Dental caries is the world's most common issue in children. Fluoride plays a significant role in minimizing the chance of enamel fluorosis and preventing dental caries. During the developmental period of teeth, continuous exposure to fluoride helps develop resistance against dental decay and fluorosis of the enamel. The enamel is the most mineralized hydroxyapatite crystal, which is rich in carbonate, but deficient in calcium.96 To maintain the state of stable equilibrium with the fluid in the surrounding region of the crystal, a sufficient amount of ions such as Ca2+, PO43−, OH, and F are present. During cariogenic acid attack, the pH value in the vicinity of the tooth decreases due to the release of H+ ions from organic acids, which are formed by plaque bacteria from carbohydrates. These H+ ions are released to interact with the phosphate ions (PO43−) available in plaque fluid and reduces them to HPO42−, and finally H2PO4. This reduction process helps to release calcium from potent tooth substances and also balances the neutrality.97 Compared to the incorporated fluoride, the smaller quantity of fluoride present in the solution in the vicinity of the tooth more effectively prevents the process of demineralization. Moreover, it also can inhibit dental caries more than the large amount of fluoro-hydroxyapatite in the enamel. This protection is ascribed to the fact that the fluoride ions present in solution are more effective to prevent caries than the fluorides present in the enamel crystals. Now, a small amount of fluoride ions is adsorbed on the crystalline surface, and a state of dynamic equilibrium is achieved between the fluoride ions in solution in the vicinity region and the adsorbed fluoride ions. Finally, this adsorption inhibits the process of demineralization.97 The presence of fluoride in the correct amount (≥0.7 mg L−1) is significant for developing dental enamel and normal mineralization of bones.98 Up to 40% of tooth decay can be prevented by fluoride.99

5.2 Teeth and bones

An essential constituent of the tooth enamel and skeleton is hydroxyapatite. The hydroxide ions replaced by fluoride form a significantly harder compound called fluorapatite. If present in a small amount, fluorapatite prevents the tooth from decaying and reinforces the tooth's enamel. However, if fluoride at elevated doses is taken for a long time, then the hydroxyapatites get converted to fluorapatite in a more significant amount, making the bone and teeth stiffer and brittle and promoting the disease called dental fluorosis. Dental fluorosis gets converted to skeletal fluorosis as the fluoride concentration increases to 3.0 mg L−1. About 65% of the endemic fluorosis, which occurs due to fluoride-contaminated drinking water, is reported in arid and semi-arid regions.100 Table S2 shows the effect of prolonged use of drinking water on human health, which is related to its fluoride content.101 Crippling skeletal fluorosis is considered one of the leading causes of morbidity in a large area of the globe. If the fluoride present in drinking water is less than 0.5 mg L−1, then the possibility of dental caries increases in children.102 If the amount of fluoride present is up to 1.5 mg L−1, it helps strengthen the skeleton. The threat of skeletal and dental fluorosis increases with an increase in the fluoride concentration in water. The most common problem encountered is the mottling of the teeth when the fluoride concentration is in the range of 1.5 to 4.0 mg L−1. When the fluoride intake crosses 6.0 mg L−1, it opens the path for multidimensional health effects, mainly dental and skeletal fluorosis.103 Drinking water containing excess fluoride is responsible for almost 65% of the total endemic fluorosis.104 Out of the total fluoride consumed by the body, its maximum amount is retained by the bones or teeth, with almost 80–90% in new-born babies and 60% in adults, and the remaining fluoride gets excreted via the urine.105 The early symptom of dental fluorosis is enamel discoloration,106 which may convert to discrete or aggregated pitting.107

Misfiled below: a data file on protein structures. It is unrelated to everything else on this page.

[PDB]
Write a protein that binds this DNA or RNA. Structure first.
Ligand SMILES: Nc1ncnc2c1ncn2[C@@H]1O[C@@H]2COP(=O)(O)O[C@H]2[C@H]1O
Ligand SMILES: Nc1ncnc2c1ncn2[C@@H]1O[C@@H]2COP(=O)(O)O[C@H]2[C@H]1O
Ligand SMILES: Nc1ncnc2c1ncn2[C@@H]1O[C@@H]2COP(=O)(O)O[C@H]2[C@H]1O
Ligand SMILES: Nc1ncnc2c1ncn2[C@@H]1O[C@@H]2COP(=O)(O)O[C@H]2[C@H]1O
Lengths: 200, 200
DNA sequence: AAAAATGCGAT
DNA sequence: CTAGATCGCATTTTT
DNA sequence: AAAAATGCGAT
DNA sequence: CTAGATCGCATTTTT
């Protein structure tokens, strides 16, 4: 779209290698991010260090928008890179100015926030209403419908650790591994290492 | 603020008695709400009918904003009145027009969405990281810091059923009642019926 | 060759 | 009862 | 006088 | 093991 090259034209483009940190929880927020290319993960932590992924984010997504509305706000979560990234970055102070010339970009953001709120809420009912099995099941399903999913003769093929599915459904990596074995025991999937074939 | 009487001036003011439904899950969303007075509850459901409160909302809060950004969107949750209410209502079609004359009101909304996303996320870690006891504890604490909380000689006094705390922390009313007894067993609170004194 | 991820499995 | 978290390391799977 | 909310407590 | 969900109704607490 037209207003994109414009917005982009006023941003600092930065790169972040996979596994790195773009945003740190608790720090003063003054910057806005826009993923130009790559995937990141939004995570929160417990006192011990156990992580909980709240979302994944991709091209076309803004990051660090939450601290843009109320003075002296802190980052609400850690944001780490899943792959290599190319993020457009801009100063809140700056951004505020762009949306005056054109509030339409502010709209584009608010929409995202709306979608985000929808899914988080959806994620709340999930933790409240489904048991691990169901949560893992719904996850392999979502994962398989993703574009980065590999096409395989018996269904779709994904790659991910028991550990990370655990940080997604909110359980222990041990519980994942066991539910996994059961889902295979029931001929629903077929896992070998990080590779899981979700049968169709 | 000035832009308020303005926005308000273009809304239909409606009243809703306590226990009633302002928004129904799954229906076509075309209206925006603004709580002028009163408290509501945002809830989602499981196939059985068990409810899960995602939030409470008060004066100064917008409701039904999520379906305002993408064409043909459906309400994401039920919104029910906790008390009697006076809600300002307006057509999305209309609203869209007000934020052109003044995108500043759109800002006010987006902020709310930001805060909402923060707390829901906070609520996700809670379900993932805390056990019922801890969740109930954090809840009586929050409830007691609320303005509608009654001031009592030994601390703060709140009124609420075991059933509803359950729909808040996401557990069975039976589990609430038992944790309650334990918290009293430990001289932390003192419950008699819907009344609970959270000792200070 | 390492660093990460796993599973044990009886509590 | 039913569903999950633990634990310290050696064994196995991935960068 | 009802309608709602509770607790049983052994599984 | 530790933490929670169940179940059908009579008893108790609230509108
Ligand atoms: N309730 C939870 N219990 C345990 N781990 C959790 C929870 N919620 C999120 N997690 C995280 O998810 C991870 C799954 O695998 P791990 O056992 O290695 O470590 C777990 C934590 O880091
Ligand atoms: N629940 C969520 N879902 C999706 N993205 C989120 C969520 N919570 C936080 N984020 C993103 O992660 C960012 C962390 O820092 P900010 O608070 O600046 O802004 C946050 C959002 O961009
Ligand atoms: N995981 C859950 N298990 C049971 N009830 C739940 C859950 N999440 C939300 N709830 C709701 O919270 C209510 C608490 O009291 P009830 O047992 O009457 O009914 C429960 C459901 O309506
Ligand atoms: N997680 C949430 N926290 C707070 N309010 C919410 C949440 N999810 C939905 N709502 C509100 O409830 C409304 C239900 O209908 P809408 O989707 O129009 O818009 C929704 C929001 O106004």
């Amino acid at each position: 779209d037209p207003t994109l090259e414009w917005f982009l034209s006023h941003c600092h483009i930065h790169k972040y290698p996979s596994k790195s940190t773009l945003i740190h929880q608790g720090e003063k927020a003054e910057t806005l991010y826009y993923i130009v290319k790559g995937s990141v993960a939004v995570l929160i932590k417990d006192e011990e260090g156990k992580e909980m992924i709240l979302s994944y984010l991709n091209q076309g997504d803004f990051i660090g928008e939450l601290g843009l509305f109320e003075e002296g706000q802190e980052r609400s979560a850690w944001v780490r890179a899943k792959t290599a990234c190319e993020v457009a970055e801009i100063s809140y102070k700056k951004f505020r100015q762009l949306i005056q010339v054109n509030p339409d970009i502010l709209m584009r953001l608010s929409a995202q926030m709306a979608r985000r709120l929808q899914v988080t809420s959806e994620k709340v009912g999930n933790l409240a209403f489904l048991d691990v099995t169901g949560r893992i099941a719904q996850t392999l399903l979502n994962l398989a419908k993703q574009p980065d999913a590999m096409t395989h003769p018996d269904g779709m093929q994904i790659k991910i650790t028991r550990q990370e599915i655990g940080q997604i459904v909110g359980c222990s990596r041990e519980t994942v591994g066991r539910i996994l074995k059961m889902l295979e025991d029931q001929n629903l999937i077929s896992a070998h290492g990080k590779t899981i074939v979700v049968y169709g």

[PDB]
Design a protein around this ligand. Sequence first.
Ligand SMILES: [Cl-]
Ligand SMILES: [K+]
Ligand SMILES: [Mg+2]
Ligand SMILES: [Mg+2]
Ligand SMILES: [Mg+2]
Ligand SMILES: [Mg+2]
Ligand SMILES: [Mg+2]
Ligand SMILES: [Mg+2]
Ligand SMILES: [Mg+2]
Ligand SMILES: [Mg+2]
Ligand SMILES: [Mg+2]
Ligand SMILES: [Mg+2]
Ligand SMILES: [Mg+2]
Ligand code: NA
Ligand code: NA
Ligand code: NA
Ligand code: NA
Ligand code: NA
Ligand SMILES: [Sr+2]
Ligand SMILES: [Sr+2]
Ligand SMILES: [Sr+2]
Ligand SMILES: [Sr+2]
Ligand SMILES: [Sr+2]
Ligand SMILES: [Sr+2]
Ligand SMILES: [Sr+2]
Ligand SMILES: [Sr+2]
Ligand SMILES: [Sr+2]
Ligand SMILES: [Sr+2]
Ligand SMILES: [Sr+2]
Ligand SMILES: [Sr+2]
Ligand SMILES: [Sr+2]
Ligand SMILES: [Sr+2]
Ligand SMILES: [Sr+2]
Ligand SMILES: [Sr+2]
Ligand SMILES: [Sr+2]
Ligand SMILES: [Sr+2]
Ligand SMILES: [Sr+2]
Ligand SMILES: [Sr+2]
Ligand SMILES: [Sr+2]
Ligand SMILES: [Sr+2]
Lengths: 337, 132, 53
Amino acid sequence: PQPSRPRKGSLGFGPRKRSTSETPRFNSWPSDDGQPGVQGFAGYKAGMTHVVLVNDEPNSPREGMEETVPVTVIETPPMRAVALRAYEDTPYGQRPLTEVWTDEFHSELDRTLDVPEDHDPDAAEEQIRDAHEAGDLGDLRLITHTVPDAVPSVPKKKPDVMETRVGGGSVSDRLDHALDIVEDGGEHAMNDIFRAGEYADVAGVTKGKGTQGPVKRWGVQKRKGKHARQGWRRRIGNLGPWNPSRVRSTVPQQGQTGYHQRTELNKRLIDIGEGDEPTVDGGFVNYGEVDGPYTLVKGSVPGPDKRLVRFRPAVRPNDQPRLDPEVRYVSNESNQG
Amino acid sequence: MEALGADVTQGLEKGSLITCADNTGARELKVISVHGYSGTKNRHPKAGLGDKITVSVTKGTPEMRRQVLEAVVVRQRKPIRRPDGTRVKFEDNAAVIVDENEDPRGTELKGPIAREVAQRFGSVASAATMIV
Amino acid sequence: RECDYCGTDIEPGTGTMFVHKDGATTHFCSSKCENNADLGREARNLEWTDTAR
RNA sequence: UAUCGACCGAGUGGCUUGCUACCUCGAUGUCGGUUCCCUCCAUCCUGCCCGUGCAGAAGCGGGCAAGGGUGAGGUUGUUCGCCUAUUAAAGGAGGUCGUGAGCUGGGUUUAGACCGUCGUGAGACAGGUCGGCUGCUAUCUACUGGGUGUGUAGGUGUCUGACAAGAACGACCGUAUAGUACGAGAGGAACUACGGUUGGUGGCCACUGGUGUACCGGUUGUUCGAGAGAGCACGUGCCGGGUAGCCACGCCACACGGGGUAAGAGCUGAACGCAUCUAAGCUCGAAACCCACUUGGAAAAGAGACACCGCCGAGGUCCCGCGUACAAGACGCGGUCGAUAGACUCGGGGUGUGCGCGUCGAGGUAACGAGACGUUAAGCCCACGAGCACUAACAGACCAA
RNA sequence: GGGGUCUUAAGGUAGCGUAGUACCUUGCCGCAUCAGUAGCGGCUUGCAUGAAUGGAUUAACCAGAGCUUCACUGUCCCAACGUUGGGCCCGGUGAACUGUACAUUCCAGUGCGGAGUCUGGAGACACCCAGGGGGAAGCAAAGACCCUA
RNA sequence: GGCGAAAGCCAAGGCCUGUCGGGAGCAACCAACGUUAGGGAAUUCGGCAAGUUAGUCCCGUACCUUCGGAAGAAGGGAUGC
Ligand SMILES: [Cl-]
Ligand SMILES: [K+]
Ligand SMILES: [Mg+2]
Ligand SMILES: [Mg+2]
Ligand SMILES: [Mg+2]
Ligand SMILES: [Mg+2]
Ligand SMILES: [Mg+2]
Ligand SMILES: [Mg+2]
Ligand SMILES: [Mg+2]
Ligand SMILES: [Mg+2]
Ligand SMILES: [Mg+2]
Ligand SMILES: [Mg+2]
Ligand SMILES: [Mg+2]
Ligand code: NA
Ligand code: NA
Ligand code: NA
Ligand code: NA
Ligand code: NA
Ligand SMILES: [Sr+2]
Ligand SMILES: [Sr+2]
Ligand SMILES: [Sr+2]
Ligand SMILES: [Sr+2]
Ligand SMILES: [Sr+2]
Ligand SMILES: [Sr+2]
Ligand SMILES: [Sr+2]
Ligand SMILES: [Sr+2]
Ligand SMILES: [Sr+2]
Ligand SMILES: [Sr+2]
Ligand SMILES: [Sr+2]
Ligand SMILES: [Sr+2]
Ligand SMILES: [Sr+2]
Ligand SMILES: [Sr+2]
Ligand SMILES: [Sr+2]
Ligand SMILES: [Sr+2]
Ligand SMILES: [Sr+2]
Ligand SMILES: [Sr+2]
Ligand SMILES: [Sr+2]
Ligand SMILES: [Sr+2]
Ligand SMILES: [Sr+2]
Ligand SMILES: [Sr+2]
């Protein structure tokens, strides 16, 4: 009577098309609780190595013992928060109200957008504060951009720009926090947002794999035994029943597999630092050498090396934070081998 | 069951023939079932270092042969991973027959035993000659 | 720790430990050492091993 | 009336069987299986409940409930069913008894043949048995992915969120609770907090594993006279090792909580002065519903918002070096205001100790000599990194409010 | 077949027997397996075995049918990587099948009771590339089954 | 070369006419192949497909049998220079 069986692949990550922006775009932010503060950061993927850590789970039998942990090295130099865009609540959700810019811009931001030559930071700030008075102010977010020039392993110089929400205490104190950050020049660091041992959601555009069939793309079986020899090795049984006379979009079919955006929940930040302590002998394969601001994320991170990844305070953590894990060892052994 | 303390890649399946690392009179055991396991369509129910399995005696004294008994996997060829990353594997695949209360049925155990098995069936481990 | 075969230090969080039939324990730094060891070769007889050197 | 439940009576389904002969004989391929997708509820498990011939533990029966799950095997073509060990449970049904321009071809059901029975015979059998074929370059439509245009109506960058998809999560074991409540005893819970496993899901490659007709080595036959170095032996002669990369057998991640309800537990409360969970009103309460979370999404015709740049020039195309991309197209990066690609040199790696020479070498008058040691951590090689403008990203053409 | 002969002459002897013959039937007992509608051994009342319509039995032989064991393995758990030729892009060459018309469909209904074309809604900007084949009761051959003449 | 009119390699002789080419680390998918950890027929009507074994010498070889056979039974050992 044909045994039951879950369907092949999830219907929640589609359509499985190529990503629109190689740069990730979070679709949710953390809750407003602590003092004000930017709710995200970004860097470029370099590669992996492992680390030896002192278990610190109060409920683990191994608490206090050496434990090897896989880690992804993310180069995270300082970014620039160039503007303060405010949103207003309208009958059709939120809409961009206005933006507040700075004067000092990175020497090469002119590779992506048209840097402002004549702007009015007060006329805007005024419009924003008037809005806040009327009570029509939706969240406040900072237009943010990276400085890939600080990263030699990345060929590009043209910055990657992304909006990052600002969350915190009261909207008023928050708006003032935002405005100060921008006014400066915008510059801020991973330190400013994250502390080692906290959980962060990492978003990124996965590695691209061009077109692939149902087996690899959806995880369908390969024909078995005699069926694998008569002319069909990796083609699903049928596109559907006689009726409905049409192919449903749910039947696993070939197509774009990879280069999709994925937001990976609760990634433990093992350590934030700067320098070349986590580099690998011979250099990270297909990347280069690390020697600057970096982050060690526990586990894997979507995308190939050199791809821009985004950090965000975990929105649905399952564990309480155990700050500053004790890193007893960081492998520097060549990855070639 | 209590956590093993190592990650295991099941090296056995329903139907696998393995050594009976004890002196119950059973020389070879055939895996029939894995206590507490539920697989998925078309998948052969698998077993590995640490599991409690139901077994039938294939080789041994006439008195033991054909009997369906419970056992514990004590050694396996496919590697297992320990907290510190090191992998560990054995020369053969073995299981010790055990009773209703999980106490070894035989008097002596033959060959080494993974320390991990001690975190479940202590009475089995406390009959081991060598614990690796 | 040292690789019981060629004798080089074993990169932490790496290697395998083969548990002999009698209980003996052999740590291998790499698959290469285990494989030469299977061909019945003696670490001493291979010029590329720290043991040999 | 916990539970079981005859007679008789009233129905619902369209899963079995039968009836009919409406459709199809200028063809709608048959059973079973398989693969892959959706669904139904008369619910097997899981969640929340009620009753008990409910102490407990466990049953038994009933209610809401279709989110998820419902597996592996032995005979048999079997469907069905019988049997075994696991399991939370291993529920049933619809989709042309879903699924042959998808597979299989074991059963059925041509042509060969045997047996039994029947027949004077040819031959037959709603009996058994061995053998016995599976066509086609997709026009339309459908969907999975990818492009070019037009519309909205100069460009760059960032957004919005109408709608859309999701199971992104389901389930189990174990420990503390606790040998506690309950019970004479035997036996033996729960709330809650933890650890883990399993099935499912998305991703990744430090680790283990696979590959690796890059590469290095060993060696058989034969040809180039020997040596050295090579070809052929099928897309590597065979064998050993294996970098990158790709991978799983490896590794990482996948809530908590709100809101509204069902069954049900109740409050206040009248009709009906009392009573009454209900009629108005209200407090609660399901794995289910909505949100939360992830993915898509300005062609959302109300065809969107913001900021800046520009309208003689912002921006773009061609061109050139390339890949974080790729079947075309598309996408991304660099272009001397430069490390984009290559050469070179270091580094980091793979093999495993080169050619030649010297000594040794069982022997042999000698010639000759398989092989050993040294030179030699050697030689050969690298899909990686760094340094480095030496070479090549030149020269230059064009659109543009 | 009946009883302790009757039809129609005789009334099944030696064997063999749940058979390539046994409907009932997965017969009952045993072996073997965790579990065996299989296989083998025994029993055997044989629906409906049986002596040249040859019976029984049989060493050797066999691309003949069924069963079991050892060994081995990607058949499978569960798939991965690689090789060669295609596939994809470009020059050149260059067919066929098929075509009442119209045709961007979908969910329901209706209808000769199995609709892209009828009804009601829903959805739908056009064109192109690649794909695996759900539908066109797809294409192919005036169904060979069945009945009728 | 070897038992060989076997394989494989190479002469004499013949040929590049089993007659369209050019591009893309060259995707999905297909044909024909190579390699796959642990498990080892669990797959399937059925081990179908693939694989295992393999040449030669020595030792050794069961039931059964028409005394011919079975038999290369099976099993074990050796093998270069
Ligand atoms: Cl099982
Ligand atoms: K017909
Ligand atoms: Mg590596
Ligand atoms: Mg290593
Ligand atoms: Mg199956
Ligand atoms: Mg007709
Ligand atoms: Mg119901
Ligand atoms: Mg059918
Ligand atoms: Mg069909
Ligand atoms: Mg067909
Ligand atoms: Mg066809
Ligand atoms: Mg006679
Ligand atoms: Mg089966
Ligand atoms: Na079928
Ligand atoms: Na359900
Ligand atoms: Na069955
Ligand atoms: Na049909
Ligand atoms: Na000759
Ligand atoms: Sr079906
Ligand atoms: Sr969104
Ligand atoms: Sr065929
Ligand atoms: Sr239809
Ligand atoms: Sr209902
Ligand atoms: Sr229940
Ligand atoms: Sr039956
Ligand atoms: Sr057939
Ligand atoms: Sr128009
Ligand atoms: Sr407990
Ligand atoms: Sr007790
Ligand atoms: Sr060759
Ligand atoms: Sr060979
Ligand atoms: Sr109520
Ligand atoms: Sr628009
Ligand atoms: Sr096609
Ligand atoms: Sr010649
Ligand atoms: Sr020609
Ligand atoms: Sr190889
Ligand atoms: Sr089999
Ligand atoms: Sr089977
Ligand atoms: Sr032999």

In the three districts of Rajasthan, India, namely Dungarpur, Banswara, and Udaipur, a survey was conducted and it was reported that more than 21% of teenagers and 36% of adults of the area having fluoride concentration of 1.5 ppm in the drinking water were affected by dental fluorosis. Also, the fastest spreading rate (77.1%) of dental fluorosis was found in the age group of 17–22 years.108 The other effects of fluorosis are restricted joint movement, joint pain, and limb motor dysfunction. In India and some other countries, these symptoms make life very complex for people suffering from severe health issues such as paralysis.108

5.3 Neural